His grew up in Long Island and New Jersey. He had a happy childhood. He loved his mother, who stayed at home to raise him and a younger sister. His father was a pugnacious cabinetmaker with a quick temper who struggled with alcoholism, but he loved Battle in his own way. Both are now dead.
They didn’t know how their son had come to live in the orphanage. His father said he didn’t think it was right that he’d had to make such a big donation to the church to adopt the baby (that was in addition to regular adoption fees) but never suspected the church of human trafficking, Battle recalls.
Battle started digging into his past in high school when the local volunteer fire department told him he couldn’t join their ranks because his identification papers were incomplete. He wasn’t a U.S. citizen. He took steps to become naturalized and became a firefighter, but the experience shook him.
He tracked down his New York City birth certificate and eventually papers that showed he was born at Sean Ross Abbey in Roscrea in County Tipperary. His birth mother was listed as Kathleen Sheedy. It didn’t list an exact birth date, only July through September 1958.
Through the years, Battle tried to track down Sheedy. He would use her name as an example when he taught other police officers how to use computer databases to track down people. None of the Sheedys that matched his time frame ever responded to his emailed queries.
Years later, Battle would learn the Sacred Heart Adoption Society had falsified his adoption papers and changed his birth mother’s name. She was Catherine Sheehy, not Kathleen Sheedy. Many adoptees of Sean Ross Abbey and their birth mothers have reported similar falsifications.
In 1978, Battle traveled with his adoptive mother and a friend to Ireland. He journeyed out to the abbey, hoping to persuade a kindly nun to dig up his records and tell him something about his mother. But the nun who answered the door ran the former resident off.
“I went up, knocked on the door, told the woman who answered who I was, that I’d come from America but that I’d been born there and could she tell me about my mother,” he recalled. “She told me, ‘You are not welcome here, go away,’ and slammed the door. I couldn’t believe it.”
He looked around the outside of the abbey but he couldn’t see much from the outside, so he left. Later, at the local pub, a barkeep would tell him the burned-out area he had seen behind the convent was the place where the nuns had burned the birth and adoption records.
“They have a lot of bonfires out there, a lot of fires,” he recalls the bartender telling him.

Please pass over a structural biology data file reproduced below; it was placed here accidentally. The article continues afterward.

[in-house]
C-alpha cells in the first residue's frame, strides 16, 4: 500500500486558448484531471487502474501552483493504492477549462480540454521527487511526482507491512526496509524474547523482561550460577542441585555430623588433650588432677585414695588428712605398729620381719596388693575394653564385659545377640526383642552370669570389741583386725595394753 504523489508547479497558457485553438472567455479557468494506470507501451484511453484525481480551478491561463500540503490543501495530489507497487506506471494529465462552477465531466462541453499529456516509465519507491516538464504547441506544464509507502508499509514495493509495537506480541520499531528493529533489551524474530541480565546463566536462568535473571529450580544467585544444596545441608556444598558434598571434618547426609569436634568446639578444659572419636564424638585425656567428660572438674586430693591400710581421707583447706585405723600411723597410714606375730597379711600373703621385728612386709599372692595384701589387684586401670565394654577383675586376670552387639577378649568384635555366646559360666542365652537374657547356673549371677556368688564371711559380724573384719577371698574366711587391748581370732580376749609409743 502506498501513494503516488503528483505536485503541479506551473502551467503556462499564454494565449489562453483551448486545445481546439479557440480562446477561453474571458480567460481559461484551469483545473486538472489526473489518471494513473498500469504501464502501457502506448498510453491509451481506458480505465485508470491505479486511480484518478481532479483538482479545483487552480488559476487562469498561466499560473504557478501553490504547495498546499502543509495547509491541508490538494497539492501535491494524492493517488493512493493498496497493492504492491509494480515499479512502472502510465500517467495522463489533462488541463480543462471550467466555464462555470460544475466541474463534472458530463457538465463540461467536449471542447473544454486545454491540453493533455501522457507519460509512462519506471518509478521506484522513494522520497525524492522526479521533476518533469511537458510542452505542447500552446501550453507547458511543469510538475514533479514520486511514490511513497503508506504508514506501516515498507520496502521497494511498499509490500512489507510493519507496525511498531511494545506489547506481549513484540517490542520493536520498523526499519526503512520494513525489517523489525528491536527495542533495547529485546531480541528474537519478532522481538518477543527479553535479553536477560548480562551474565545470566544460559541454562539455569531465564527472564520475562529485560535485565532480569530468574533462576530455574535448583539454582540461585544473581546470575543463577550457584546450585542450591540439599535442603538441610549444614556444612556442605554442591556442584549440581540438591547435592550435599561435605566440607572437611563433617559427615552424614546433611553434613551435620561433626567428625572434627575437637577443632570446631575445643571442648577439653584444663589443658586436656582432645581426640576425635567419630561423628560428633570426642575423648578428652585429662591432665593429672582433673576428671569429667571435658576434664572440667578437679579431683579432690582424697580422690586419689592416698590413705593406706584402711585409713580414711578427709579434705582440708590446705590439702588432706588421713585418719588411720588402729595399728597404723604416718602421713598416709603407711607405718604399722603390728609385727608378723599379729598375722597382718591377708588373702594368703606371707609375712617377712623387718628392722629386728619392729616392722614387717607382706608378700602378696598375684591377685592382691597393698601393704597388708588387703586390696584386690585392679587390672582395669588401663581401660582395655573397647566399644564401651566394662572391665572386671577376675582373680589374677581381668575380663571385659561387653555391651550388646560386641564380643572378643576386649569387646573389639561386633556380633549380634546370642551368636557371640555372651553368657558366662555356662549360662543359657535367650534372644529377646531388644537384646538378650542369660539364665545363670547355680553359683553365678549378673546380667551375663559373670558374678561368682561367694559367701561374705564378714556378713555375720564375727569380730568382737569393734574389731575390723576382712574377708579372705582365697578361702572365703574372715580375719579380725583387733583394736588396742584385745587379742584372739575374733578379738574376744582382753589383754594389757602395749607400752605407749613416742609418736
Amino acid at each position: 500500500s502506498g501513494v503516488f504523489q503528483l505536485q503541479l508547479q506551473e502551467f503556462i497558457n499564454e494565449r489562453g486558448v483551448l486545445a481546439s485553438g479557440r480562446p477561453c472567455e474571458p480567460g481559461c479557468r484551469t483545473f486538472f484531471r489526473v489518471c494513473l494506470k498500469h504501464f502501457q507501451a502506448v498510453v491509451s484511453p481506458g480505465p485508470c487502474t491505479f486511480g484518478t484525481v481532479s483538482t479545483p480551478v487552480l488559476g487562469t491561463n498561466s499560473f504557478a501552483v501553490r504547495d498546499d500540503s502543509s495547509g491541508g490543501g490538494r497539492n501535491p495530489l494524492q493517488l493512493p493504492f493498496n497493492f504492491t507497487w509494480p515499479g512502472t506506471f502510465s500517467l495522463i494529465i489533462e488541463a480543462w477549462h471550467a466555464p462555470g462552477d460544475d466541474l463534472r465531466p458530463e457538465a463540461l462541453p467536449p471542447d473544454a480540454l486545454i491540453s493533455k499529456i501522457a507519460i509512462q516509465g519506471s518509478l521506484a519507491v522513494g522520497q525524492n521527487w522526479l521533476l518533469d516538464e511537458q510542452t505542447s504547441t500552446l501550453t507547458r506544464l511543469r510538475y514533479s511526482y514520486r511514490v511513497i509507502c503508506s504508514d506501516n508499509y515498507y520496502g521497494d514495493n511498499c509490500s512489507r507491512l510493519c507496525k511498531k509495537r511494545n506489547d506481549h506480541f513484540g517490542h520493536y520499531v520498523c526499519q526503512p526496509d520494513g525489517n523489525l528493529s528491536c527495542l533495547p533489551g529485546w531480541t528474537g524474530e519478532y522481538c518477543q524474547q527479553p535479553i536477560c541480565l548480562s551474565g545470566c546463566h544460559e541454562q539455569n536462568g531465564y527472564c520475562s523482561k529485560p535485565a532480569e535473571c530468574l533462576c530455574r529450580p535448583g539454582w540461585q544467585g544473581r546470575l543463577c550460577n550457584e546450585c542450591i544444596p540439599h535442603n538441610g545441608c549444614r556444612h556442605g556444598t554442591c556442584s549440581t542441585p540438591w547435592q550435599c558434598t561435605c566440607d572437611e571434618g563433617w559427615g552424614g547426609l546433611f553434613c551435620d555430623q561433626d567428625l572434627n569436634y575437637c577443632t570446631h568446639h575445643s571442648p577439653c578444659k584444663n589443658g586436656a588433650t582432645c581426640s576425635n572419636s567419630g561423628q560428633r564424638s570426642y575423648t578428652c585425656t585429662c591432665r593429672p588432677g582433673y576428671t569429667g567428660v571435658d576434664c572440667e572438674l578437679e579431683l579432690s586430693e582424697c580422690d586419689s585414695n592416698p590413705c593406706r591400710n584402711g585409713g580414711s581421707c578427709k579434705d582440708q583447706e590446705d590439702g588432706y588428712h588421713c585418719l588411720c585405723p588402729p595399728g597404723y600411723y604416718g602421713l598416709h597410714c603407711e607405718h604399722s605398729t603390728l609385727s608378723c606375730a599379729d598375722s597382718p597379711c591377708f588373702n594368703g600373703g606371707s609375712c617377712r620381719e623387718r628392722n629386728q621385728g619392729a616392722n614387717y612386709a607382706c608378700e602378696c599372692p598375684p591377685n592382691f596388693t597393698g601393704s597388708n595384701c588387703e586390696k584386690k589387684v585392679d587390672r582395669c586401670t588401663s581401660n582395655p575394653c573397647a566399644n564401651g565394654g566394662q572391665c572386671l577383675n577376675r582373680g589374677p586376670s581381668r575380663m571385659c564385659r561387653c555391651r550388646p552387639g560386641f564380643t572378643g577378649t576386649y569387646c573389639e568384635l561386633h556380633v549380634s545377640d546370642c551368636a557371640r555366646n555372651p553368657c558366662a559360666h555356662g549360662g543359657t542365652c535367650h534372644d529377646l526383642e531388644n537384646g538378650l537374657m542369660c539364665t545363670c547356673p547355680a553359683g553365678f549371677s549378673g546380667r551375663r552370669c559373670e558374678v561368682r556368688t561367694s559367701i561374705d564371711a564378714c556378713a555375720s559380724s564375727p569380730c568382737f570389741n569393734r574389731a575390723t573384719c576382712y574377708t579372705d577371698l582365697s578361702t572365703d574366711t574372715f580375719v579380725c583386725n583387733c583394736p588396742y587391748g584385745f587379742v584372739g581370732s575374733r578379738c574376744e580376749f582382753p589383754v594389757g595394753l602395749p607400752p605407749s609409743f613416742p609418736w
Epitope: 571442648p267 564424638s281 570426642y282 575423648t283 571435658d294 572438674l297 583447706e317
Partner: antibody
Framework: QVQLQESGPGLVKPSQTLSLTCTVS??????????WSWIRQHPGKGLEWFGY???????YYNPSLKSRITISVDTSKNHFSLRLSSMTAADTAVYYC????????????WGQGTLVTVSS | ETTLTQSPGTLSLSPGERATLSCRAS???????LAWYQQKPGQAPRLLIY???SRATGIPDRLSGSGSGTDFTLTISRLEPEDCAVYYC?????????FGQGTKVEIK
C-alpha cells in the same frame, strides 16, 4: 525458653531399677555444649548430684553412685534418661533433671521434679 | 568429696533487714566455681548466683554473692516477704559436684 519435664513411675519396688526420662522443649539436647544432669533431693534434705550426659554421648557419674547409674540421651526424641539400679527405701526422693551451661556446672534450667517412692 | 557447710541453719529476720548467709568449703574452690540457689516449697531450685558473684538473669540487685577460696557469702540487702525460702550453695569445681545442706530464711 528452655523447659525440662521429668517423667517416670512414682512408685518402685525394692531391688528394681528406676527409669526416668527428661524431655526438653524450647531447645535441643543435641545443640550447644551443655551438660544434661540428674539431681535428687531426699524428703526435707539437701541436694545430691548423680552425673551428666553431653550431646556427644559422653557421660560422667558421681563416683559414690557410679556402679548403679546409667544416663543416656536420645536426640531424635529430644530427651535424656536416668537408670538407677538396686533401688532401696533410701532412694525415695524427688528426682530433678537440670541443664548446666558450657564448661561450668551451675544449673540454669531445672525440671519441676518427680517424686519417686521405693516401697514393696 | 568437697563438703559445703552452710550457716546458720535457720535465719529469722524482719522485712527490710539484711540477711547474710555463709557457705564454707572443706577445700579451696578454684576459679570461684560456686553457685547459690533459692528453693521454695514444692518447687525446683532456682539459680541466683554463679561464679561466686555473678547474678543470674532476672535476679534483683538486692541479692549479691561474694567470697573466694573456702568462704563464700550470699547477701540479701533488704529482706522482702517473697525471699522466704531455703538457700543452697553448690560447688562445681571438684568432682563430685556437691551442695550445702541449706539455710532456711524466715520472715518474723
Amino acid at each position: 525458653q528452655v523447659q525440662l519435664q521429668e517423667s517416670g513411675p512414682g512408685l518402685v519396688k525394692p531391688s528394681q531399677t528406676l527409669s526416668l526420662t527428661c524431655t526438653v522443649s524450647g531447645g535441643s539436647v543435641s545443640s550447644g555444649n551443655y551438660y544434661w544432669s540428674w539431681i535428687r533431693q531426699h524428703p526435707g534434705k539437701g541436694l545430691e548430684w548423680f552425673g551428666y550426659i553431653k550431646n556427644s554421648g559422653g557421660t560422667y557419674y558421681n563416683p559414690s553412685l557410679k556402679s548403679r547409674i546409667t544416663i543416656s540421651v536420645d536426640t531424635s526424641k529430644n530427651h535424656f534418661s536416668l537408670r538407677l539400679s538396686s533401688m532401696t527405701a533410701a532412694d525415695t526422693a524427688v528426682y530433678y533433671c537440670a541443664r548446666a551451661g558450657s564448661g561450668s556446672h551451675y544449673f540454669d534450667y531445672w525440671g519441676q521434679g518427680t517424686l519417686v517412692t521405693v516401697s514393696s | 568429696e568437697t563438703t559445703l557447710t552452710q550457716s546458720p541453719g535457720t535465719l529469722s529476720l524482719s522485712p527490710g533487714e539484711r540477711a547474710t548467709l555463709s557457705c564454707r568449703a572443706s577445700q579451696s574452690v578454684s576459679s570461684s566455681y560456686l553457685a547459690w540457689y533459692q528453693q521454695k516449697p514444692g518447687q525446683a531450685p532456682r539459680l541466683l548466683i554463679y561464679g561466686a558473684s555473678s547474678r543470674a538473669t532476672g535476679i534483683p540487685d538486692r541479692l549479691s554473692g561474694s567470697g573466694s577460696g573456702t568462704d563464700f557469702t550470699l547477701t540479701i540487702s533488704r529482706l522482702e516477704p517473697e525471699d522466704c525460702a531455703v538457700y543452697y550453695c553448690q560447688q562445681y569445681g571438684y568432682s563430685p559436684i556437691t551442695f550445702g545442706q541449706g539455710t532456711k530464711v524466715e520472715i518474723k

If the nuns had given him access to his records at that time, he’d have learned his birth mother’s name. In 1978, she was still alive. He might have been able to track her down in Wales, where the family had moved to escape the church, and been able to reconcile with her.
She had been looking for him, too. His half siblings told him they had learned about him in 2009, on the day they buried their mother. Their father told them their mother couldn’t bear to share her secret while alive, but had wanted him to tell them when she died in case he ever came looking for her.
He told them that they had looked for William together – even though unwed mothers were forbidden to search for their babies, having signed away all rights to them and been threatened with damnation if they did – but the church told Catherine her baby was dead, killed in a car accident in New York.
But Catherine had always nurtured a slim hope that William was alive and looking for her, he told them.
The news came as a surprise to the two sons and three daughters that Cathy had raised in Wales with her husband, Patrick Finnegan. Finnegan asked them if they wanted to try to find the half sibling, get a nosy Irish aunt to “have an ask-about,” but they decided it was best to leave it alone.
According to Tony Finnegan, the oldest of the five Finnegan children, the siblings figured that if he had wanted to find his birth mother and any half siblings, he would have already done so by then, and if he didn’t, or perhaps didn’t even know he was adopted, the knowledge could stir up trouble.
“I told my dad, ‘Well, Mum’s gone now, so it’s too late for them to give it a go, and it doesn’t really have anything to do with you, so let’s just leave it,’ and that’s what we did,” Finnegan recalled during a phone call from Wales. “We just figured he’d have found us if he’d wanted. We didn’t know about all the lies.”
His wife tells Finnegan that he must have known something about Ireland’s history of forced adoptions, and even known of Sean Ross Abbey, because they watched “Philomena” together, but Finnegan says that he doesn’t even remember seeing the film.
“My wife tells me I’ve seen it, but I can’t remember the story,” Finnegan said. “You watch films like that and you feel sorry for everybody in it, but you don’t think it has anything to do with you. It’s not real, but 10 years on, you learn it was real, that it happened to your family. That’s your life in that film.”
What they didn’t know was that Battle had already returned to Ireland, and had even traveled out to the rural convent listed on his birth certificate – at least the place of birth was accurate – trying to find even a shred of evidence that might lead him to the woman who had given him life.
A few years ago, after the stories of mistreatment within unwed mothers’ homes began to come out, the church sent Battle a letter offering to share his adoption and birth records with him, but it would cost him 100 English pounds. “Sure, I’ll pay you – you’ll give me more lies,” he thought with disgust.